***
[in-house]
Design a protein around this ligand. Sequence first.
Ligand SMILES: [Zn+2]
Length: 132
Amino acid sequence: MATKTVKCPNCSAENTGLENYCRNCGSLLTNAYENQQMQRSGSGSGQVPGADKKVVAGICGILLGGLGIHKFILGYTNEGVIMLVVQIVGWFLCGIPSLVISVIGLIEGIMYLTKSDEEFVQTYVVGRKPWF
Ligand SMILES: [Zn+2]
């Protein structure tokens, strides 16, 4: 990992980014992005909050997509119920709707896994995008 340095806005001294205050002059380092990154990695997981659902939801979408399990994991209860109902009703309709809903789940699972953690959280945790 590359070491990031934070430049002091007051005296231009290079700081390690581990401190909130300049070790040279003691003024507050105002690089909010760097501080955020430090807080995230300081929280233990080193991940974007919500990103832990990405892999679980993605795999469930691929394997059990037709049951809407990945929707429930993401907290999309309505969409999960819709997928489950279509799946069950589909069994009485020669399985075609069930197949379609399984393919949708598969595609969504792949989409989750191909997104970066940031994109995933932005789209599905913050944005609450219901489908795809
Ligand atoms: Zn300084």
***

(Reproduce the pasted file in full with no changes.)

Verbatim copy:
[in-house]
Design a protein around this ligand. Sequence first.
Ligand SMILES: [Zn+2]
Length: 132
Amino acid sequence: MATKTVKCPNCSAENTGLENYCRNCGSLLTNAYENQQMQRSGSGSGQVPGADKKVVAGICGILLGGLGIHKFILGYTNEGVIMLVVQIVGWFLCGIPSLVISVIGLIEGIMYLTKSDEEFVQTYVVGRKPWF
Ligand SMILES: [Zn+2]
């Protein structure tokens, strides 16, 4: 990992980014992005909050997509119920709707896994995008 340095806005001294205050002059380092990154990695997981659902939801979408399990994991209860109902009703309709809903789940699972953690959280945790 590359070491990031934070430049002091007051005296231009290079700081390690581990401190909130300049070790040279003691003024507050105002690089909010760097501080955020430090807080995230300081929280233990080193991940974007919500990103832990990405892999679980993605795999469930691929394997059990037709049951809407990945929707429930993401907290999309309505969409999960819709997928489950279509799946069950589909069994009485020669399985075609069930197949379609399984393919949708598969595609969504792949989409989750191909997104970066940031994109995933932005789209599905913050944005609450219901489908795809
Ligand atoms: Zn300084």